Steyer, who is worth an estimated $1.6 billion, has spent more on television ads for his campaign than all the other Democratic presidential candidates combined

By Sean Neumann
January 14, 2020 04:06 PM

As the once crowded field of 2020 Democratic presidential candidates keeps getting smaller, one unexpected name endures..

Billionaire Tom Steyer has kept his campaign running into 2020, even recently polling high enough in two states to earn a spot in this week’s Democratic primary debate alongside the four front-runners: Former Vice President Joe Biden, former Indiana mayor Pete Buttigieg, Sen. Bernie Sanders and Sen. Elizabeth Warren.

Steyer, 62, and Minnesota Sen. Amy Klobuchar are the underdog candidates who managed to make the cut for Tuesday’s Democratic debate in Des Moines, Iowa, by securing donations from at least 225,000 donors and earning enough percentage points in early nominating state political polls.

(Other candidates with bigger name recognition faded more quickly, such as Sens. Cory Booker and Kamala Harris.)

“This campaign has a fair bit of momentum right now,” Steyer said recently while campaigning in New Hampshire, according to the Los Angeles Times.

Steyer, who is worth an estimated $1.6 billion, according to Forbes, largely from his previous investment career, has spent more on television ads for his campaign than all the other Democratic presidential candidates combined, outside of fellow billionaire and former New York City Mayor Mike Bloomberg.

Credit: Carolyn Kaster/AP/REX/Shutterstock

Steyer has also funded an aggressive campaign to raise support for impeaching President Donald Trump.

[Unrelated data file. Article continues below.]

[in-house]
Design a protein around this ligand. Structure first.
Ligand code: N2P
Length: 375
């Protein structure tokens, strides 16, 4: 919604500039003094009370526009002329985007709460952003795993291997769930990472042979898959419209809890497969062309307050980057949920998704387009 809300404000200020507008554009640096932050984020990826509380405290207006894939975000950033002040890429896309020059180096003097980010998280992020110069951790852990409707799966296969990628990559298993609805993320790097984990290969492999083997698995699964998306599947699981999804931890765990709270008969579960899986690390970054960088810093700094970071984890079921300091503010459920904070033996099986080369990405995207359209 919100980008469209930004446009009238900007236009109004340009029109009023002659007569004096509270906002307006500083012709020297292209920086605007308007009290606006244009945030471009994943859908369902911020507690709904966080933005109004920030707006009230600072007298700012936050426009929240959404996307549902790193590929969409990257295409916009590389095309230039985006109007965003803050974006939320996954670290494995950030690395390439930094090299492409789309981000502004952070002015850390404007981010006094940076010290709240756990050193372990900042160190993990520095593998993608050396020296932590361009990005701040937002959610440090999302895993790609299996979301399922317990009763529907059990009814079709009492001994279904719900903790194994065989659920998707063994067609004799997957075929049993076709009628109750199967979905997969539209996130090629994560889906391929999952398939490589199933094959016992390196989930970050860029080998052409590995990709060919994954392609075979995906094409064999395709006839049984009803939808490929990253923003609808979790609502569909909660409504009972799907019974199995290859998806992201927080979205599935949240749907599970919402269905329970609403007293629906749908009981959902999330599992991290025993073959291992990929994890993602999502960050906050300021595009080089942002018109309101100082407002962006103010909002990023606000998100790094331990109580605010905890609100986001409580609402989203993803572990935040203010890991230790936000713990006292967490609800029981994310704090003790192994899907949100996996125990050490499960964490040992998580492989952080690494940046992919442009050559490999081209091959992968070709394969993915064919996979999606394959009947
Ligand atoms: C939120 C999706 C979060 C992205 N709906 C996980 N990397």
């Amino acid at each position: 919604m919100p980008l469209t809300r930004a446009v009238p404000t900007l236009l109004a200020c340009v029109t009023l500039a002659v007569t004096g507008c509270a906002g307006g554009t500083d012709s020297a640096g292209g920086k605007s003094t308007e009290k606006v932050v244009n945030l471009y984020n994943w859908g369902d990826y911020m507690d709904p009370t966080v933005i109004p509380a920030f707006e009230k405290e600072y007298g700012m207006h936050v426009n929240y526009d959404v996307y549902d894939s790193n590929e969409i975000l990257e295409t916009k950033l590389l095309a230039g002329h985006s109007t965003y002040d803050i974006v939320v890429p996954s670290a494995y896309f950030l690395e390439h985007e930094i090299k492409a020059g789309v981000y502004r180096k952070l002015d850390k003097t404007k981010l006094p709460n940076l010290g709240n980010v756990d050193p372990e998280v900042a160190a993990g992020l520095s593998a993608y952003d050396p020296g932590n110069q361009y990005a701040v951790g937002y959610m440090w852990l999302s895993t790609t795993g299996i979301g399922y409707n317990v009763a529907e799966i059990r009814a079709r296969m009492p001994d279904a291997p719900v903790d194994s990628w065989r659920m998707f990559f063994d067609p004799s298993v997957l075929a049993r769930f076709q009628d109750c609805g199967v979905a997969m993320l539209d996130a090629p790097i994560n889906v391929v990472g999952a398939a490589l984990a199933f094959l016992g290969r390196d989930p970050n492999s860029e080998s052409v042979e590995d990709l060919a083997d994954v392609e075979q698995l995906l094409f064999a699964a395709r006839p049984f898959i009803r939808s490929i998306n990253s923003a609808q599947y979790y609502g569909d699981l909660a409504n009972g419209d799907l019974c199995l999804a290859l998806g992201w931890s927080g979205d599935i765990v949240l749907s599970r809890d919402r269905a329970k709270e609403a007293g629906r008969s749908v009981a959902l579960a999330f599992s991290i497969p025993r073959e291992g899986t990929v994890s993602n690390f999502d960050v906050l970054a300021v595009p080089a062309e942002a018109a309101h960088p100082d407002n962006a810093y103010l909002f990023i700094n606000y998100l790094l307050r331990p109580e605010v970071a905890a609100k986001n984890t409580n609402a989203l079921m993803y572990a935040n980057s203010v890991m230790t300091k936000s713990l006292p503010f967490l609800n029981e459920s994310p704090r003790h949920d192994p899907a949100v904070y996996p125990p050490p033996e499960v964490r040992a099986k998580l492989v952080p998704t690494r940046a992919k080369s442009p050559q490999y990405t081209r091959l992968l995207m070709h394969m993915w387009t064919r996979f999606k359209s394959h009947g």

CNN political reporter David Wright reported Thursday that Steyer has spent $116.5 million on TV ads so far. For comparison, Sanders and Buttigieg have both spent about $11 million, while Biden and Warren spent about $3 million.

Such lavish spending has opened up both Steyer and Bloomberg to criticisms they are seeking to essentially buy voters’ support. Steyer, separately, has faced scrutiny over his lack of political qualifications — the idea that his 2020 candidacy is merely a hobby-like extension of his impeachment campaign against Trump.

And while Steyer has polled moderately well in some early states and continues to appear at the debates (unlike Bloomberg), he is not yet resonating more widely, even with his financial power.

Steyer made political noise in recent years by continuously calling for Trump’s impeachment throughout his presidency, even before Steyer announced his own candidacy last July. (Trump was impeached in December by the House over his Ukraine scandal.)

Trump has dismissed the Democratic long-shot, in true Trump fashion, as a “weirdo.”

“Weirdo Tom Steyer doesn’t have the ‘guts’ or money to run for President,” Trump tweeted in March.

In addition to his 2020 campaign, Steyer has funded political groups such as the anti-Trump Need to Impeach and the progressive advocacy organization NextGen America.

He made much of his fortune as a hedge fund manager, founding the investment firm Farallon Capital in the mid-1980s.

Fox News reported Thursday that one poll in South Carolina showed Steyer in second behind Biden, at 15 percent.

Despite his extreme wealth, Steyer has criticized corporate influence on politics, building his campaign around a promise to, in his words, push power back to American citizens.

“We have a society that’s really unequal,” he said in a video announcing his campaign last year. “It’s really important for people to understand that this society is connected. If this is a banana republic with a few very, very rich people and everybody else living in misery, that’s a failure.”